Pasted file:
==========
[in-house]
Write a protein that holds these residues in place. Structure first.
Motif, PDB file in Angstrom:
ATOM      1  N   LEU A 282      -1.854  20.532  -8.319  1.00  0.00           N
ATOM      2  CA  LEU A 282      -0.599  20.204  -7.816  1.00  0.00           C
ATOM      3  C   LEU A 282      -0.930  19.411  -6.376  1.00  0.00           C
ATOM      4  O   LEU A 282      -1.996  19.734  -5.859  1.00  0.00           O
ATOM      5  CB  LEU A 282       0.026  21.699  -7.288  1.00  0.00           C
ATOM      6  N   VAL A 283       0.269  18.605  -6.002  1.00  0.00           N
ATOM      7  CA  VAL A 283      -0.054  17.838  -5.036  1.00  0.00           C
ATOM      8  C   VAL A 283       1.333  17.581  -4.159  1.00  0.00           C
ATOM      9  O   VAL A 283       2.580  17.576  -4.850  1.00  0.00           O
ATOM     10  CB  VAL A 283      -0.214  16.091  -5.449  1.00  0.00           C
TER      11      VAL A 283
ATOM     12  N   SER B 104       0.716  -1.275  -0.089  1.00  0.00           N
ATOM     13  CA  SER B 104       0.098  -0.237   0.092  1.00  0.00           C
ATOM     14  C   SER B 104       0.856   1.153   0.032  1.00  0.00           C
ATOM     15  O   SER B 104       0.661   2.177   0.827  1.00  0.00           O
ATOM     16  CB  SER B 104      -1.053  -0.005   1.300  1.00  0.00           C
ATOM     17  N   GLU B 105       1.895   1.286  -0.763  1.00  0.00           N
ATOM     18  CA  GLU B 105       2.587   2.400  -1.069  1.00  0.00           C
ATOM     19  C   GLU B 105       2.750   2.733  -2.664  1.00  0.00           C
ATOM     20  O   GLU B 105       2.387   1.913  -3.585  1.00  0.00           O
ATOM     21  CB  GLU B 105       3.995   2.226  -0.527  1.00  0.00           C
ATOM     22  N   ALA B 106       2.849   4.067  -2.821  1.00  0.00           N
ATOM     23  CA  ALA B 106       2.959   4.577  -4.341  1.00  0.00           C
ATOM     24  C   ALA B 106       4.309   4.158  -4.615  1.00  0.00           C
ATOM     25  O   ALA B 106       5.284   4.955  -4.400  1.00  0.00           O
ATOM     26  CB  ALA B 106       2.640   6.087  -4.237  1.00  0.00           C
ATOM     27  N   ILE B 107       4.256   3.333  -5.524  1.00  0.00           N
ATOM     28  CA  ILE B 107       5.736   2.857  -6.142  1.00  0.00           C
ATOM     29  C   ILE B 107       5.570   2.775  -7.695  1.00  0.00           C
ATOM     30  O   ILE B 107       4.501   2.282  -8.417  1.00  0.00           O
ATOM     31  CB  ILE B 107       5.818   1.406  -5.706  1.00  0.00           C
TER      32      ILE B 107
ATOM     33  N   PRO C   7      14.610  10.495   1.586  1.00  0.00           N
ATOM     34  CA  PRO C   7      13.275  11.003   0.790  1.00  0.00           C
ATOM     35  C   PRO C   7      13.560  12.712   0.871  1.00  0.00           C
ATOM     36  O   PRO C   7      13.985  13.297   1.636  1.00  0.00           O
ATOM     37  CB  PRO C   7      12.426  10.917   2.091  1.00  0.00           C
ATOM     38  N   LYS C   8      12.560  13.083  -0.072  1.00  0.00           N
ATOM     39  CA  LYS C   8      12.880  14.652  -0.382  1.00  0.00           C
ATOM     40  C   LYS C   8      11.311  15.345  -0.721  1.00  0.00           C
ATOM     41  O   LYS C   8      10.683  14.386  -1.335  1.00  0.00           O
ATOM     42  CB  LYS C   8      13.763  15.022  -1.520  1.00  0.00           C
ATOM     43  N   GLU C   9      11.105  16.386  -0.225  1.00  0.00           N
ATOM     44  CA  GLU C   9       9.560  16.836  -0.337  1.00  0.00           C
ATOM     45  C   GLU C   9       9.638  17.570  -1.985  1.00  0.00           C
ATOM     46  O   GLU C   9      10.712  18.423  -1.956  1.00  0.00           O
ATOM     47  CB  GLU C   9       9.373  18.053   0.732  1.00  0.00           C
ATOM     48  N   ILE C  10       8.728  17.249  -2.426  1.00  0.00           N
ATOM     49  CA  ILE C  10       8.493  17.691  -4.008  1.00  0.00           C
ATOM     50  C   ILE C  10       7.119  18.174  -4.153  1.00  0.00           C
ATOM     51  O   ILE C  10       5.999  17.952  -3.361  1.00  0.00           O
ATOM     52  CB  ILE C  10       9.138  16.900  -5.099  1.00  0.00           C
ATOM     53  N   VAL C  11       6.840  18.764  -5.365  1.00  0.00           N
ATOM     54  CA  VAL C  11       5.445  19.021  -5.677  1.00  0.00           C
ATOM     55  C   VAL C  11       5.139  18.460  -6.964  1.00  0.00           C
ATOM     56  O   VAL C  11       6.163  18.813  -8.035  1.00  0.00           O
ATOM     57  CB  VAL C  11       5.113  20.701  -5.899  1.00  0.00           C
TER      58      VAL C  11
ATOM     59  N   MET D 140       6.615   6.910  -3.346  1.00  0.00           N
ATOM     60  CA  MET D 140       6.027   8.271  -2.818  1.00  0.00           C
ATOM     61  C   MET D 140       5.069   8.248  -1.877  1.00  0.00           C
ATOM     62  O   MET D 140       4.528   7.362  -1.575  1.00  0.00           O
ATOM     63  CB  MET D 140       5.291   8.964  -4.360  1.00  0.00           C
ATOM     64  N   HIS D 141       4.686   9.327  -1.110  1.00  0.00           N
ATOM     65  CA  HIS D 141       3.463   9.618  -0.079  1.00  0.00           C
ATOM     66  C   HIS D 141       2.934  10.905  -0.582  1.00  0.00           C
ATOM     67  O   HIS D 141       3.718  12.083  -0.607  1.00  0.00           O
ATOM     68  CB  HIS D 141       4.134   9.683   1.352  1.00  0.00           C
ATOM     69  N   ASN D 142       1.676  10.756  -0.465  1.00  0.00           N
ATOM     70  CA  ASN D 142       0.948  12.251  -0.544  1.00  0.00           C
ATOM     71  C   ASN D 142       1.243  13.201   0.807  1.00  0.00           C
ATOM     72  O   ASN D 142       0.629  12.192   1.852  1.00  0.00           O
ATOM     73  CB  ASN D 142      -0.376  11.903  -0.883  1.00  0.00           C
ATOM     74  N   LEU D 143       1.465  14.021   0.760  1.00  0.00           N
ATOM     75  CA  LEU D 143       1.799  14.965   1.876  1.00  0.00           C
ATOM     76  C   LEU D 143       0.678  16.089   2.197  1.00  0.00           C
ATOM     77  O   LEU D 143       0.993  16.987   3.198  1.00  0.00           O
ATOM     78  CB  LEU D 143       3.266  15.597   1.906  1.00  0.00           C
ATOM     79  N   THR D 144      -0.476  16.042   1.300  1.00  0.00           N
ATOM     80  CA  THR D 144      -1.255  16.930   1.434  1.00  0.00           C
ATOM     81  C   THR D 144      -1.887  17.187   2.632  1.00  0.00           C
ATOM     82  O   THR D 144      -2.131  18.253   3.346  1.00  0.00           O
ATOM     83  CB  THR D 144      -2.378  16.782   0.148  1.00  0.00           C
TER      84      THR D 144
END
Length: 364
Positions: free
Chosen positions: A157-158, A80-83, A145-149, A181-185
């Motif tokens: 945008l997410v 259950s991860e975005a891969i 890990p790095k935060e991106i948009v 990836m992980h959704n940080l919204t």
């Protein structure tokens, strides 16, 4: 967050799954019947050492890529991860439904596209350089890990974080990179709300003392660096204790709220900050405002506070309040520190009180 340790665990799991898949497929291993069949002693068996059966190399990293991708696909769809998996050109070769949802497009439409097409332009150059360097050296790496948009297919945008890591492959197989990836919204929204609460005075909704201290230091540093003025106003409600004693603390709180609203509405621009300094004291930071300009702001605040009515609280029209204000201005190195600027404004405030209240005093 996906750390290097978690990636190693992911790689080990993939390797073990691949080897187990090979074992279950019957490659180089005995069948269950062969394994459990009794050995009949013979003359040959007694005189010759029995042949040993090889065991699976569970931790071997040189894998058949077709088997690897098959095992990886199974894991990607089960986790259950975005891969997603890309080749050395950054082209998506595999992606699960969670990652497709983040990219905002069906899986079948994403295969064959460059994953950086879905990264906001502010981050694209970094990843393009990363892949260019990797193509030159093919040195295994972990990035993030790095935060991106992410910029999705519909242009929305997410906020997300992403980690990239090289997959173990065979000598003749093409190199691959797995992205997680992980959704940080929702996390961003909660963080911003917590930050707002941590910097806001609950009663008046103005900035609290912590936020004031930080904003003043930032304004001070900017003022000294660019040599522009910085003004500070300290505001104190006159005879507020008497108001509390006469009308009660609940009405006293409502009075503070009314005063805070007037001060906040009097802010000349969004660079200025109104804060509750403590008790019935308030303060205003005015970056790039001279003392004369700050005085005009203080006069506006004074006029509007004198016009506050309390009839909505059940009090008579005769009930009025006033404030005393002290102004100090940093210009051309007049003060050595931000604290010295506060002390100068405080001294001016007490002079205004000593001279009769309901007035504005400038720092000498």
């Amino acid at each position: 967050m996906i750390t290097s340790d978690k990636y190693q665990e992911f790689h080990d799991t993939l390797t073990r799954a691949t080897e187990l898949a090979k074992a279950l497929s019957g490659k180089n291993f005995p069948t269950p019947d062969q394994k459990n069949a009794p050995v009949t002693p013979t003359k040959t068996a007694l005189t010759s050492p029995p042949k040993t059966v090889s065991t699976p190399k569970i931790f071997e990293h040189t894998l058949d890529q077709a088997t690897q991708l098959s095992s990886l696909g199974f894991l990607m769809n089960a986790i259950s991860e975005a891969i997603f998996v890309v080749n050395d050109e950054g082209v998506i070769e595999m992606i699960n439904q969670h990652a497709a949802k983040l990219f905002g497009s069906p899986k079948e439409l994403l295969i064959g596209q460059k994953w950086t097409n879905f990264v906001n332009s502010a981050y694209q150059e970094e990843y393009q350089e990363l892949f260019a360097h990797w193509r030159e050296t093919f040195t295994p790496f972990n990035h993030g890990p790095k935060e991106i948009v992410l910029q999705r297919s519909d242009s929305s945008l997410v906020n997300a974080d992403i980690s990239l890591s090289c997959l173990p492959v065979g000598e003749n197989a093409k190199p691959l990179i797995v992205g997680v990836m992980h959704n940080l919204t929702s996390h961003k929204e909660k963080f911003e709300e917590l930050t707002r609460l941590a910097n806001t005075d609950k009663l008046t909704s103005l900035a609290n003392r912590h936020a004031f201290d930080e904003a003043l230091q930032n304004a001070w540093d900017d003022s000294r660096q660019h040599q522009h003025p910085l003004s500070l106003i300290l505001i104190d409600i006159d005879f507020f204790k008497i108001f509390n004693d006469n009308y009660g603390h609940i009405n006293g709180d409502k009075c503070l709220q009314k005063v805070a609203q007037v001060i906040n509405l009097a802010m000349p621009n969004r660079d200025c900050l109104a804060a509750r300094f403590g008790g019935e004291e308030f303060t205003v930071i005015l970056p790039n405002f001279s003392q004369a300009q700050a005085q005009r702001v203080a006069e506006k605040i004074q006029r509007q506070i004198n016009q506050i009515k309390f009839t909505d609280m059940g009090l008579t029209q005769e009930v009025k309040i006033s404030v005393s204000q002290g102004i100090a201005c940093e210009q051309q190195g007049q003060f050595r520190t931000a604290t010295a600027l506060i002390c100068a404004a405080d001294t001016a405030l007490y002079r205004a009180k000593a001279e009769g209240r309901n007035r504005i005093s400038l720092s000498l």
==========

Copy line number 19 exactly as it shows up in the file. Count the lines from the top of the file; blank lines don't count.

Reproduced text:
ATOM     16  CB  SER B 104      -1.053  -0.005   1.300  1.00  0.00           C